Internal bleeding

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Internal bleeding (also called internal hemorrhage) is a loss of blood that occurs from the vascular system into a body cavity or space.[1] It is a serious medical emergency and the extent of severity depends on bleeding rate and location of the bleeding (e.g. brain, stomach, lungs). It can potentially cause death and cardiac arrest if proper medical treatment is not received quickly.

Causes[edit]

A number of medical conditions may lead to internal bleeding. Common causes include trauma, various pathological conditions and complications of medical therapy. Common locations include the gastrointestinal tract, the aorta and intracranial hemorrhage.

Trauma[edit]

Internal bleeding can be caused by blunt trauma such as high speed deceleration in an automobile accident, or by penetrating trauma such as a ballistic or stab wound.[2]

Pathological conditions and disease[edit]

A number of pathological conditions and diseases can lead to internal bleeding. These include blood vessel rupture as a result of high blood pressure, aneurysms, esophageal varices or peptic ulcers.[3] Another common cause of internal bleeding is carcinoma (cancer), either of the gastro-intestinal tract, of the lung, or more rarely of other organs such as the prostate, pancreas or kidney.[3] Other diseases linked to internal bleeding include scurvy, hepatoma, liver cancer, Autoimmune Thrombocytopenia, ectopic pregnancy, malignant hypothermia, ovarian cysts, Vitamin K Deficiency, and hemophilia and malaria. Some viruses may cause a type of internal bleeding called viral hemorrhagic fever, such as the Ebola, Dengue or Marburg viruses, but these are rare.[4]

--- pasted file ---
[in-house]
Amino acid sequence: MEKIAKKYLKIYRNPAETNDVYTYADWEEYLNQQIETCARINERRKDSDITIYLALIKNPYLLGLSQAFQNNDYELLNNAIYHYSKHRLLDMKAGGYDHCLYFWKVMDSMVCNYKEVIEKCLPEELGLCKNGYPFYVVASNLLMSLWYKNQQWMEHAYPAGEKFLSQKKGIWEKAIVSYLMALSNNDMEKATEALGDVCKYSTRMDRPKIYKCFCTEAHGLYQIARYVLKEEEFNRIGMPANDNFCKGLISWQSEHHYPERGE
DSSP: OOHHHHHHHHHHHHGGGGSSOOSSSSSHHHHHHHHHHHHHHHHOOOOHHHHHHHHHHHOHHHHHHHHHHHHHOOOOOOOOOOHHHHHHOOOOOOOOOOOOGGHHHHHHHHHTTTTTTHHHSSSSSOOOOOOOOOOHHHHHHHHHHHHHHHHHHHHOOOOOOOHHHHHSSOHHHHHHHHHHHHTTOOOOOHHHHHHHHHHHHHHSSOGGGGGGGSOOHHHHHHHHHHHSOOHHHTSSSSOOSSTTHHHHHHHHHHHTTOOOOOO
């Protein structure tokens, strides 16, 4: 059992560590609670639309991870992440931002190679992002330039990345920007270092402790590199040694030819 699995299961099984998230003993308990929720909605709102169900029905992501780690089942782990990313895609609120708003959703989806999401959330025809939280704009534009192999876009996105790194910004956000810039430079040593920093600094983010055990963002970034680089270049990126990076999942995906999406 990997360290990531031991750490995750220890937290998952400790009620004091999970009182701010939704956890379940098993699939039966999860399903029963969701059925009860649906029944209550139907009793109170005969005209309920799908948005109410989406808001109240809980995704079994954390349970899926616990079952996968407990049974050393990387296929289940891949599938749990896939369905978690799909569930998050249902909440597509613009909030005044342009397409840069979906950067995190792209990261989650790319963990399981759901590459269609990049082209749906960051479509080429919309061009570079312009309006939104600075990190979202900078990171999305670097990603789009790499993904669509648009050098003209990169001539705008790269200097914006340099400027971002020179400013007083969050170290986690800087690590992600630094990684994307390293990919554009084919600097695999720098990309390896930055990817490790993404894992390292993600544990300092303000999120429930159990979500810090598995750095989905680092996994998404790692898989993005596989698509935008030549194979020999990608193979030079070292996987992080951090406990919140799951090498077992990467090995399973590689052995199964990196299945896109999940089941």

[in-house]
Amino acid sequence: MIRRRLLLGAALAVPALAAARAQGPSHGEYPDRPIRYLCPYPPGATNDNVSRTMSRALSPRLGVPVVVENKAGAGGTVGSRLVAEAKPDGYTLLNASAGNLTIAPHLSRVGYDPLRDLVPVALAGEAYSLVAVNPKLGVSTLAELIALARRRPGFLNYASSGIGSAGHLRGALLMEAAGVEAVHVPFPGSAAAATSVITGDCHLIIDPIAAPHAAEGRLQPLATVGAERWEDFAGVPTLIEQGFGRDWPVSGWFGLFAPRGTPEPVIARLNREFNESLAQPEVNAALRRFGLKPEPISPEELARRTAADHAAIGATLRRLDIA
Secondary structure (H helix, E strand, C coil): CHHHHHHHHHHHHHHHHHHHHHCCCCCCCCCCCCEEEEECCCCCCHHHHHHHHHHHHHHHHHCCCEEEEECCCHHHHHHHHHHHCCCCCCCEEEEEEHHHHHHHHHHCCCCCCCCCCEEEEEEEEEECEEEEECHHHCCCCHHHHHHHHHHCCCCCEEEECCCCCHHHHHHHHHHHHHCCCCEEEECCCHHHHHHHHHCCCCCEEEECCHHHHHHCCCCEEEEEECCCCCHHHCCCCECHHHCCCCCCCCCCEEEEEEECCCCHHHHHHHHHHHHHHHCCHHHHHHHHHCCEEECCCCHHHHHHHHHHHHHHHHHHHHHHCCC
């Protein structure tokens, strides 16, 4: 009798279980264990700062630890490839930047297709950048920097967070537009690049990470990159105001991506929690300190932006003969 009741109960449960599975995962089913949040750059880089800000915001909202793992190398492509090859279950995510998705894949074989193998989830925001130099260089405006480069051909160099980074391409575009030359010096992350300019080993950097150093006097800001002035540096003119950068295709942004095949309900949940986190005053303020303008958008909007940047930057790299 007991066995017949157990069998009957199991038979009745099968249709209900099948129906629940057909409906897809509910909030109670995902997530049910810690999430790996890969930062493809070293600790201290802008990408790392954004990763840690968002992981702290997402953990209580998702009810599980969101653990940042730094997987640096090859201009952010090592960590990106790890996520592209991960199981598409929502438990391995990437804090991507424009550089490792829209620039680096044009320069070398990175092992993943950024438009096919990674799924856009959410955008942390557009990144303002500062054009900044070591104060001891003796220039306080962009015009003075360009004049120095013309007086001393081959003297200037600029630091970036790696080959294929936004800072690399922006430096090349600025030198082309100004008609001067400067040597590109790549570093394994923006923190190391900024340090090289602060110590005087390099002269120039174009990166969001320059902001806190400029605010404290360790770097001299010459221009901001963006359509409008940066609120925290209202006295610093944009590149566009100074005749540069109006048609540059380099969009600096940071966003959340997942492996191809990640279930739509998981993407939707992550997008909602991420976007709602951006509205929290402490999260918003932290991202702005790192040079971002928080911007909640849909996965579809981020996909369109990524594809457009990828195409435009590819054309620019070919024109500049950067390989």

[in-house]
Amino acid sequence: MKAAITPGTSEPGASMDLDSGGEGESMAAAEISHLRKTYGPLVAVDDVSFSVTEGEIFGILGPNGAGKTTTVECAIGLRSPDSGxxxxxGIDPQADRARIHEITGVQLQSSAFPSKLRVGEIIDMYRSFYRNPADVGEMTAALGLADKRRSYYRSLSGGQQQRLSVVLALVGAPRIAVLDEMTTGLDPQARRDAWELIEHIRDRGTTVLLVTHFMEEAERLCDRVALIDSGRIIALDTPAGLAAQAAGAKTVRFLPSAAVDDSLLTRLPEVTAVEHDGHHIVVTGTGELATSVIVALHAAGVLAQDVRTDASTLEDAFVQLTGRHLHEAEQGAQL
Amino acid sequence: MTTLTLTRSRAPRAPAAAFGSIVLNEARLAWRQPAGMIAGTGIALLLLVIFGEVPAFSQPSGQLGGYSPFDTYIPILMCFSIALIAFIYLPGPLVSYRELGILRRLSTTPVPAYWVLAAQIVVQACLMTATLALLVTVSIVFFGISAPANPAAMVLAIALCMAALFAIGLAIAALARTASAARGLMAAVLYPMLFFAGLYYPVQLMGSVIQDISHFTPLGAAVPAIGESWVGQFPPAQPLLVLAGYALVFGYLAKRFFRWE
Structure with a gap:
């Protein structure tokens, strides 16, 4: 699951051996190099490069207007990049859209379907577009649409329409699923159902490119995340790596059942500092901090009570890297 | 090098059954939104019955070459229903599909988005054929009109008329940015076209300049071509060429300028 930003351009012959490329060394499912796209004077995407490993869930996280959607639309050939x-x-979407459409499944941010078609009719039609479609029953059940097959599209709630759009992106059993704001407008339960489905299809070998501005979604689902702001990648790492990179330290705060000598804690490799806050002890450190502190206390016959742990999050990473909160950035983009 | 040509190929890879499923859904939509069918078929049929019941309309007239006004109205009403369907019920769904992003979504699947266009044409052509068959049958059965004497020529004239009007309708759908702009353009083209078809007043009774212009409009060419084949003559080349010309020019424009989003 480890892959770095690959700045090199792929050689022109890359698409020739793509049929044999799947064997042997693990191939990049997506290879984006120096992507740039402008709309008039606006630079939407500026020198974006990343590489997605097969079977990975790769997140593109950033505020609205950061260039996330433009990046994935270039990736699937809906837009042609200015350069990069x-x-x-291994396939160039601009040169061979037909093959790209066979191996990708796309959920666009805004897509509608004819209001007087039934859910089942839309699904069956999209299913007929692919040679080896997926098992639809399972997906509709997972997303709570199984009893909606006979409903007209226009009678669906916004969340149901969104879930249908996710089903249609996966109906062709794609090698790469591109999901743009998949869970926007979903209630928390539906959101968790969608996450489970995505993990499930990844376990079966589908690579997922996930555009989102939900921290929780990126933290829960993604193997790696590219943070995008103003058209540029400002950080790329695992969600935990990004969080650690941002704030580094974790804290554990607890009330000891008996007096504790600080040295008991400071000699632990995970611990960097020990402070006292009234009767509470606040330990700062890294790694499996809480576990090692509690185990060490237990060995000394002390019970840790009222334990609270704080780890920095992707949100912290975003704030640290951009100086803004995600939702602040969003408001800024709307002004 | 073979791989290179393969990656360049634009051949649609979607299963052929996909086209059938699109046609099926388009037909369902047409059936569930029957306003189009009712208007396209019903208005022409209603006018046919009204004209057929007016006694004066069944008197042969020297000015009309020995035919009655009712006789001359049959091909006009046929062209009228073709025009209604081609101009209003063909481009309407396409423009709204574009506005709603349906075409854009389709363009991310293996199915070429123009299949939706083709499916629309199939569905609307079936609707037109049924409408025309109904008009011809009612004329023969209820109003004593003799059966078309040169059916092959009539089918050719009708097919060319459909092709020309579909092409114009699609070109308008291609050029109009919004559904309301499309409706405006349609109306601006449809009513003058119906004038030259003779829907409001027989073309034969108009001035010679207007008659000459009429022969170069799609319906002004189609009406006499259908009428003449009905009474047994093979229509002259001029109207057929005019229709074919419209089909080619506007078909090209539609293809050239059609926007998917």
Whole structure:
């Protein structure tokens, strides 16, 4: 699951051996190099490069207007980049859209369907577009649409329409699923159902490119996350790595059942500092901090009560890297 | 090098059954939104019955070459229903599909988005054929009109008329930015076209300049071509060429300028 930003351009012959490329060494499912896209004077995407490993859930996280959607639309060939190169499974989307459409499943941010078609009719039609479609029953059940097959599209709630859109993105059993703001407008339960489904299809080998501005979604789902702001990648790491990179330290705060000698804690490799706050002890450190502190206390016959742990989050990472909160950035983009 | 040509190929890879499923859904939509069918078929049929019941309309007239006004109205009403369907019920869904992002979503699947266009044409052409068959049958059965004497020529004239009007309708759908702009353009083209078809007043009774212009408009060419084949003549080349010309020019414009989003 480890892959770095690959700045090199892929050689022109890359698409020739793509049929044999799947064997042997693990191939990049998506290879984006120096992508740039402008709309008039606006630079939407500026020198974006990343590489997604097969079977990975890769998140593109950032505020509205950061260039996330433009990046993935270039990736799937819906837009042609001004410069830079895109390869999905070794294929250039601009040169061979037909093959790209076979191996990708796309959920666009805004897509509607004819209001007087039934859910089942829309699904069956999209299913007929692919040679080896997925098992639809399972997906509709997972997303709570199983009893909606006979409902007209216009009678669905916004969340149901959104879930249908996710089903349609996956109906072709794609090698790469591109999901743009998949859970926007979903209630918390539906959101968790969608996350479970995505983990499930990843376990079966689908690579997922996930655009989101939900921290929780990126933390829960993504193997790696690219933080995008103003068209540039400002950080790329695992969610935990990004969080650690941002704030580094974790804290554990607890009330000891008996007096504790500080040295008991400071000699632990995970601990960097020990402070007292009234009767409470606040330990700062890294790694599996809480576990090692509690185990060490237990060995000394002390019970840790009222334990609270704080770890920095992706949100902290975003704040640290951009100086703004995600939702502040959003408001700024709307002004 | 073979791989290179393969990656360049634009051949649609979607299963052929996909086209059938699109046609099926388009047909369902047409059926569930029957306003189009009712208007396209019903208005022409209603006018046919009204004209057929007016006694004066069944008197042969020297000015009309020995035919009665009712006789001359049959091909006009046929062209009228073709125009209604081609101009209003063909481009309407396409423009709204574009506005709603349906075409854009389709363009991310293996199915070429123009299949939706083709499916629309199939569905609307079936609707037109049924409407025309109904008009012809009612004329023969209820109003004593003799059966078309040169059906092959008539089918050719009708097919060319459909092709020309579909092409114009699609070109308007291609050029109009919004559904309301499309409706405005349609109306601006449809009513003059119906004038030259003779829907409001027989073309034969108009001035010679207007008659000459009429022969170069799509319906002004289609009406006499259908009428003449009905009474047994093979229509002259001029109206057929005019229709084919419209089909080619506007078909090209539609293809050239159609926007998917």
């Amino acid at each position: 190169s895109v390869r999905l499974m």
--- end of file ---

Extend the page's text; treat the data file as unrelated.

Iatrogenic[edit]

Internal bleeding could be an iatrogenic artifact as a result of complications after surgical operations or medical treatment. Some medication effects may also lead to internal bleeding, such as the use of anticoagulant drugs or antiplatelet drugs in the treatment of coronary artery disease.[5]

Prognosis[edit]

Internal bleeding is serious for two reasons:

  • the excess blood can compress organs and cause their dysfunction (as can occur in hematoma)
  • when the bleeding does not stop spontaneously, the loss of blood will cause hemorrhagic shock, which can lead to brain damage and death.

If there is pressure, it may lead to death or a brain hemorrhage.

Terminology[edit]

Cases of internal bleeding are usually termed as hemorrhage, even though the term is general to all kinds of bleeding. A minor case of internal bleeding results in ecchymosis, or a bruise: blood expands under the skin, causing discoloration.

Notes[edit]

  1. ^ Taber, Clarence Wilbur; Venes, Donald (2009). Taber's cyclopedic medical dictionary. F a Davis Co. p. 1200. ISBN 0-8036-1559-0. 
  2. ^ Nicholas S. Duncan, Chris Moran, "Initial resuscitation of the trauma victim", Orthopaedics and Trauma, Volume 24, Issue 1, February 2010, Pages 1–8
  3. ^ a b Edward W. Lee, Jeanne M. Laberge, "Differential Diagnosis of Gastrointestinal Bleeding", Techniques in Vascular and Interventional Radiology, Volume 7, Issue 3, September 2004, Pages 112–122
  4. ^ M. Bray, "Hemorrhagic Fever Viruses", Encyclopedia of Microbiology (Third Edition) 2009, Pages 339–353
  5. ^ Jan Pospisil, Milan Hromadka, Ivo Bernat, Richard Rokyta, "STEMI—The importance of balance between antithrombotic treatment and bleeding risk", Thrombosis , Volume 55, Issue 2, April 2013, Pages e135–e146